Jim Brulte, chair of the California Republican Party, said he was not aware his name was on the letter until the party released it. Brulte declined to comment on Baugh, saying only that the state party had already endorsed Rohrabacher. A spokesman for the National Republican Campaign Committee said only that Rohrabacher is a “dues-paying incumbent and we support our incumbents.”

Fred Whitaker, chair of the Orange County Republican Party, said he tried to change Baugh’s mind. “It’s disappointing,” Whitaker said. “I need (Republicans) focusing on races where I actually have to beat Democrats,” including two open seats, where Reps. Ed Royce and Issa, are retiring.

Baugh accused the county party of “following a dogma that protects all incumbents, even if they’ve been in office for 30 years and have lost touch.”

Baugh and Rohrabacher were once friends. Baugh and Rohrabacher’s wife were both charged in connection with a 1995 scheme to recruit a decoy candidate to split the Democratic vote and help Baugh get elected to the state Assembly. Rohrabacher’s wife, who is also his longtime campaign manager, ultimately pleaded guilty for her part in the plan. The charges against Baugh, who paid $47,900 in campaign finance penalties, were eventually dropped.

Rohrabacher did not respond to multiple requests for comment.

In Rohrabacher’s coastal Orange County district, which stretches from Seal Beach to Laguna Niguel, registered Republicans outnumber Democrats 41 percent to 30 percent. Rohrabacher easily won reelection in 2016, but with 25 percent registered as independents and a surge in Democratic enthusiasm, the district is far from safe for Republicans. A recent poll from the University of California, Berkeley Institute of Governmental Studies showed 51 percent of likely voters said they were disinclined to re-elect Rohrabacher.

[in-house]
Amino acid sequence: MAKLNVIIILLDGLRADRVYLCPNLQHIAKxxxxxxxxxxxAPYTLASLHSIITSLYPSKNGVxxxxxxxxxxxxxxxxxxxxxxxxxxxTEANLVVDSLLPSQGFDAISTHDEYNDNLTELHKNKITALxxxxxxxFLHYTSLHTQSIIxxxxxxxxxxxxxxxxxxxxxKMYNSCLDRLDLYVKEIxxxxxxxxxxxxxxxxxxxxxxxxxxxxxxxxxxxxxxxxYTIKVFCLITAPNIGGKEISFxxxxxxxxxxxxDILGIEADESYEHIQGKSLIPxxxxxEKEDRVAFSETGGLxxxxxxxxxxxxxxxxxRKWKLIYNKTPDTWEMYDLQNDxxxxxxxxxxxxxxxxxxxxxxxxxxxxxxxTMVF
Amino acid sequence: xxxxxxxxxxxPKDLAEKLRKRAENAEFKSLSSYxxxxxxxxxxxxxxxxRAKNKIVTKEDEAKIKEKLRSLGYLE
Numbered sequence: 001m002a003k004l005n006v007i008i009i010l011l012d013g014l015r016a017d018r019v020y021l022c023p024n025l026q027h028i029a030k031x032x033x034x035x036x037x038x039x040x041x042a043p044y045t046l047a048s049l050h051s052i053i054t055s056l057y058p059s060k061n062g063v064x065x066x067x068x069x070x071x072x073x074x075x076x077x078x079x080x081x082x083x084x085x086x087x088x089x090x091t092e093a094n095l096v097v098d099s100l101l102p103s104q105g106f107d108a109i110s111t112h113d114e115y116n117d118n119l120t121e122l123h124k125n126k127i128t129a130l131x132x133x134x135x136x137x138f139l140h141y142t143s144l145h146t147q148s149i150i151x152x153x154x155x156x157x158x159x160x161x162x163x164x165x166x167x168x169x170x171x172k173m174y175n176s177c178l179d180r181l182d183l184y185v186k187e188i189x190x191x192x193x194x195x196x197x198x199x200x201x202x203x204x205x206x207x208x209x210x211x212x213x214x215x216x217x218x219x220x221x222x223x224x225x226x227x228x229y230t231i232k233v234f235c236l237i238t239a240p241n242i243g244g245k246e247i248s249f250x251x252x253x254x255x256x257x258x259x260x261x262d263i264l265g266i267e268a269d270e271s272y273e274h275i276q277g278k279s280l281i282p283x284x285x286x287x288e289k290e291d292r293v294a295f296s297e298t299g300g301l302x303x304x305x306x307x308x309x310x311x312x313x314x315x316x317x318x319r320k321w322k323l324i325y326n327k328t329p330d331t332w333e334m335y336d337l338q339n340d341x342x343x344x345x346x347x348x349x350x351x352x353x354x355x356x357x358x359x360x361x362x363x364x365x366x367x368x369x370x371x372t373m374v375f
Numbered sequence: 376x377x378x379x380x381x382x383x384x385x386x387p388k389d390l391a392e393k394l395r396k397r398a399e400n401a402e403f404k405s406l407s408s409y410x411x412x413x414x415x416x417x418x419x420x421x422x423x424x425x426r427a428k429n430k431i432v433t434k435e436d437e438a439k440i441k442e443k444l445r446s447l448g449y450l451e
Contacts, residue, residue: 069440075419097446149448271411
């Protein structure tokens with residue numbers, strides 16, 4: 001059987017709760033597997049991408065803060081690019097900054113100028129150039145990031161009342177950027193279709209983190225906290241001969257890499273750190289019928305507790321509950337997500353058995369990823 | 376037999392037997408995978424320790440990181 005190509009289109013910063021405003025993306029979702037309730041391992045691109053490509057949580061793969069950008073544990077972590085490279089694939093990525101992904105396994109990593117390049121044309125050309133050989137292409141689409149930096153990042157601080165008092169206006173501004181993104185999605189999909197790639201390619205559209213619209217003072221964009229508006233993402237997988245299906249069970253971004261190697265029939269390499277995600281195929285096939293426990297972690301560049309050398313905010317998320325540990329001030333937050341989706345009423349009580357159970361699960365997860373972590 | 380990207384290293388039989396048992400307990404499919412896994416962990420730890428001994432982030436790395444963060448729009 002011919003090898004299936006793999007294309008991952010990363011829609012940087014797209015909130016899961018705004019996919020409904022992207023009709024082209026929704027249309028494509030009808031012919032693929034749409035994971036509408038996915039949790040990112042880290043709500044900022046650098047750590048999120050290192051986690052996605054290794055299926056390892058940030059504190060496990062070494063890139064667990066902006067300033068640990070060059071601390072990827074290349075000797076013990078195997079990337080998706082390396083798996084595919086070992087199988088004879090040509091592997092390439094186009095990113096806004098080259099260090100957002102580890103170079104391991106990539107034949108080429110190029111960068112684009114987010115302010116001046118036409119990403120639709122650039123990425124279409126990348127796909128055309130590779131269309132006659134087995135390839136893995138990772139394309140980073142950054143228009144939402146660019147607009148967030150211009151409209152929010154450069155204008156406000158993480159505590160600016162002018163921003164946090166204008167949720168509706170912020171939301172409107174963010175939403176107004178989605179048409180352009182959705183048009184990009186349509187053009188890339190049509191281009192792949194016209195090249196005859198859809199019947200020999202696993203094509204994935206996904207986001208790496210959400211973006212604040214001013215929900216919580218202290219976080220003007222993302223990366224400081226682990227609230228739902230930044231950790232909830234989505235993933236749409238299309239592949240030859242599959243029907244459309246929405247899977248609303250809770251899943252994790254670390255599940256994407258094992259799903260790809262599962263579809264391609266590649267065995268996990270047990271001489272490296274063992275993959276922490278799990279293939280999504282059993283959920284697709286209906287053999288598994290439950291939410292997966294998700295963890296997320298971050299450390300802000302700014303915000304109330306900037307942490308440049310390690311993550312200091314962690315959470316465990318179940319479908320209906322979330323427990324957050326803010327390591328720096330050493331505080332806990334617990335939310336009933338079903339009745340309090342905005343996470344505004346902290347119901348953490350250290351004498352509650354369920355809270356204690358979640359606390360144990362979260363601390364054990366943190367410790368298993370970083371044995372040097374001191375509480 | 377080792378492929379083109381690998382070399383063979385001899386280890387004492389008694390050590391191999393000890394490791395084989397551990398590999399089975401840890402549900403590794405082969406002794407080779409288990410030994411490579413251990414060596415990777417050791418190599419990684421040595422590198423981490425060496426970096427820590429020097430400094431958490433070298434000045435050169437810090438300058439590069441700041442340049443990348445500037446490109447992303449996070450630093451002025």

On issues including Deferred Action for Childhood Arrivals and offshore drilling, the poll suggested Rohrabacher’s constituents are increasingly landing on the left.

There’s a bright spot for Rohrabacher and Orange County Republicans: Baugh’s candidacy could shut all eight Democratic challengers out of the race after the June primary, which will advance the top two vote getters to the November general election. But a total of six Republicans, including Baugh and Rohrabacher, will also be on the ballot, potentially further splitting the Republican vote. Democrats have said privately that they don’t believe Baugh can siphon enough votes from Rohrabacher to snag a spot in the top two.

Some Republicans’ frustrations with Rohrabacher’s penchant for controversy and bombastic style have been brewing for years. They have privately said the congressman is ineffective, inaccessible and out of step with local issues.